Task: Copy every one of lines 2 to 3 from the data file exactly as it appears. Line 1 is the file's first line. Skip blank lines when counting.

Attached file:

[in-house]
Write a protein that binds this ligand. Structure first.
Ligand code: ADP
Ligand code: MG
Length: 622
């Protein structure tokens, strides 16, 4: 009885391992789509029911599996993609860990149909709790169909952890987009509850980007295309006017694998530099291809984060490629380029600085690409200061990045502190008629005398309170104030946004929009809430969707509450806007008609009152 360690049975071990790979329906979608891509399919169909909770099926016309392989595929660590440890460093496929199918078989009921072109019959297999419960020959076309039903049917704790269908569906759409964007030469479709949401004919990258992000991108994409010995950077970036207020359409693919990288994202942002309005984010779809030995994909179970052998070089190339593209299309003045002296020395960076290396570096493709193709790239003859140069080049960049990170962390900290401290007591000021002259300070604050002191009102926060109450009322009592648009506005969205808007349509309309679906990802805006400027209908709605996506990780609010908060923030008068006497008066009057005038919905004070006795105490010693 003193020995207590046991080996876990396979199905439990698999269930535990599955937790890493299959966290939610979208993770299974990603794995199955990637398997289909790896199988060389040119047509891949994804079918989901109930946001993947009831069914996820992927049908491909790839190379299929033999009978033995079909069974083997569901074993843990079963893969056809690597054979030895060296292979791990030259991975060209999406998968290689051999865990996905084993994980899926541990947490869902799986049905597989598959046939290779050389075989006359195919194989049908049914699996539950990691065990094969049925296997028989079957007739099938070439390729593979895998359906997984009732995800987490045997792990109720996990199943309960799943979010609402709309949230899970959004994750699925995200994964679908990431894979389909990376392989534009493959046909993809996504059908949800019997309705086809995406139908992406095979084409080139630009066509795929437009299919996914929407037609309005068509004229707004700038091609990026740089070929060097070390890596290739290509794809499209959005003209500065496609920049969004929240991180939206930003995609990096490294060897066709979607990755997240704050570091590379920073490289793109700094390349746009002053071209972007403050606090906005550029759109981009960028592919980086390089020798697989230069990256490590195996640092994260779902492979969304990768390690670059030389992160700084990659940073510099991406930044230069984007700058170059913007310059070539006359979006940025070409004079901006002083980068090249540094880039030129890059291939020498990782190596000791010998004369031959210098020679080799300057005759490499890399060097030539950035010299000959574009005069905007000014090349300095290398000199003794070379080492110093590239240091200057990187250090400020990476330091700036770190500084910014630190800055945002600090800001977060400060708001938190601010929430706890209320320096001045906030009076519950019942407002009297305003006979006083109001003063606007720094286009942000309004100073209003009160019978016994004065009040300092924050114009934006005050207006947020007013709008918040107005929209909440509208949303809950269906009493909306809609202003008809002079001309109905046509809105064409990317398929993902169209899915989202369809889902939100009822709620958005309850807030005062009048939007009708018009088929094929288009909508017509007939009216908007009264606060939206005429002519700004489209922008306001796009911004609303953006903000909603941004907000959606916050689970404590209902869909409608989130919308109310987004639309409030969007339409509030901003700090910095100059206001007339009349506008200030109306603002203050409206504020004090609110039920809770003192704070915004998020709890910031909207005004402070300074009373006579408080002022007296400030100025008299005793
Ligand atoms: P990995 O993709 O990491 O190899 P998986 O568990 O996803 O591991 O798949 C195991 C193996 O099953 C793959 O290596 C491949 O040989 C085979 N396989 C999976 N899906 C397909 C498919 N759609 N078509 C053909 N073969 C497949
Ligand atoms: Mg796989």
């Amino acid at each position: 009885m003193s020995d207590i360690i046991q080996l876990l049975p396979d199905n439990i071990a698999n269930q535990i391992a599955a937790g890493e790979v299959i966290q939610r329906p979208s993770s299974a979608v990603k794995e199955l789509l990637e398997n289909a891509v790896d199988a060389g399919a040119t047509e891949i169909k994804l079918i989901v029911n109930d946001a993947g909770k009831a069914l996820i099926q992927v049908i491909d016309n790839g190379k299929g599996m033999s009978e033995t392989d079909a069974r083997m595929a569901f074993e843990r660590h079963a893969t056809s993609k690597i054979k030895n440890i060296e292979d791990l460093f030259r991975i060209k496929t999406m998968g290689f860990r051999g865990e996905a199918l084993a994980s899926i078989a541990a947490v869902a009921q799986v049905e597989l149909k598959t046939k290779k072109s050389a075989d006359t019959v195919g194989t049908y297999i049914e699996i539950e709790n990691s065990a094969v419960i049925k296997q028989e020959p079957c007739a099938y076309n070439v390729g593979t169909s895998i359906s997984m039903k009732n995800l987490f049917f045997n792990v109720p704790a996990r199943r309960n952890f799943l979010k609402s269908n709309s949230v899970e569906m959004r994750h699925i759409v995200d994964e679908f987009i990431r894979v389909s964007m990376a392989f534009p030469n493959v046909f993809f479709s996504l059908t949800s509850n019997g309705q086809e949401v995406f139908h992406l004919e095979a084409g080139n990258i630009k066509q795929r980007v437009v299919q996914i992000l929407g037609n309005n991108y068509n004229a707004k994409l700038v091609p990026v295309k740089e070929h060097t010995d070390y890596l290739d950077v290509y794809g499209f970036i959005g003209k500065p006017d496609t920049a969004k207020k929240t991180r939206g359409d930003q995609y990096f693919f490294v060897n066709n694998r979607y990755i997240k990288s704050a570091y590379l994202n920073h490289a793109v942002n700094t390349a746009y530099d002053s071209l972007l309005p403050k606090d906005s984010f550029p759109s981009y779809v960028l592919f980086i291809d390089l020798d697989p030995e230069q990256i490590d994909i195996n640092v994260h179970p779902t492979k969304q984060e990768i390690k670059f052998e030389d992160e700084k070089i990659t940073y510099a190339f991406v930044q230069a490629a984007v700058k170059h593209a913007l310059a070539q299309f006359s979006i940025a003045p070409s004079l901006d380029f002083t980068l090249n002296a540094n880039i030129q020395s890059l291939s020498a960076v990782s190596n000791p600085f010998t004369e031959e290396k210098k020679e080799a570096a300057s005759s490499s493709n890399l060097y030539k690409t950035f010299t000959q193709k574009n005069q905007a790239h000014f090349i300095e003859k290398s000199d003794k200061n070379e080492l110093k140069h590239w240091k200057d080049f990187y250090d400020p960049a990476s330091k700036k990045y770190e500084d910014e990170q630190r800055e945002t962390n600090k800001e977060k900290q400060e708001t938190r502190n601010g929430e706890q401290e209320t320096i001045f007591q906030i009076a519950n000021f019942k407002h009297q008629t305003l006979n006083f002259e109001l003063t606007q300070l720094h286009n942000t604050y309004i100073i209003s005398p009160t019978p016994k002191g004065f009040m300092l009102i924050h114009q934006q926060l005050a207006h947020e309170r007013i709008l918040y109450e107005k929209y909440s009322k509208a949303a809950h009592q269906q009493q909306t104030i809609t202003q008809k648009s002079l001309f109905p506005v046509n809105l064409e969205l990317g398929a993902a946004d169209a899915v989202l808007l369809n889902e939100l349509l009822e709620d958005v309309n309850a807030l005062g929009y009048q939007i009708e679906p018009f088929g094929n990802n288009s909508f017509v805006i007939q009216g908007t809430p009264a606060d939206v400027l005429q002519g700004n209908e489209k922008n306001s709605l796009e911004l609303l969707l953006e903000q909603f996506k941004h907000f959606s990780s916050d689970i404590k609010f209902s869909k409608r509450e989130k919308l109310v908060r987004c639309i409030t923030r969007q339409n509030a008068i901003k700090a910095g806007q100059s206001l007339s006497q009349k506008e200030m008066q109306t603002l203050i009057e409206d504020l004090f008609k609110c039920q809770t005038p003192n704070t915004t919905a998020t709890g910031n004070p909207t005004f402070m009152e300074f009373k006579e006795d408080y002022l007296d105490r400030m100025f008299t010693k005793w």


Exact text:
Write a protein that binds this ligand. Structure first.
Ligand code: ADP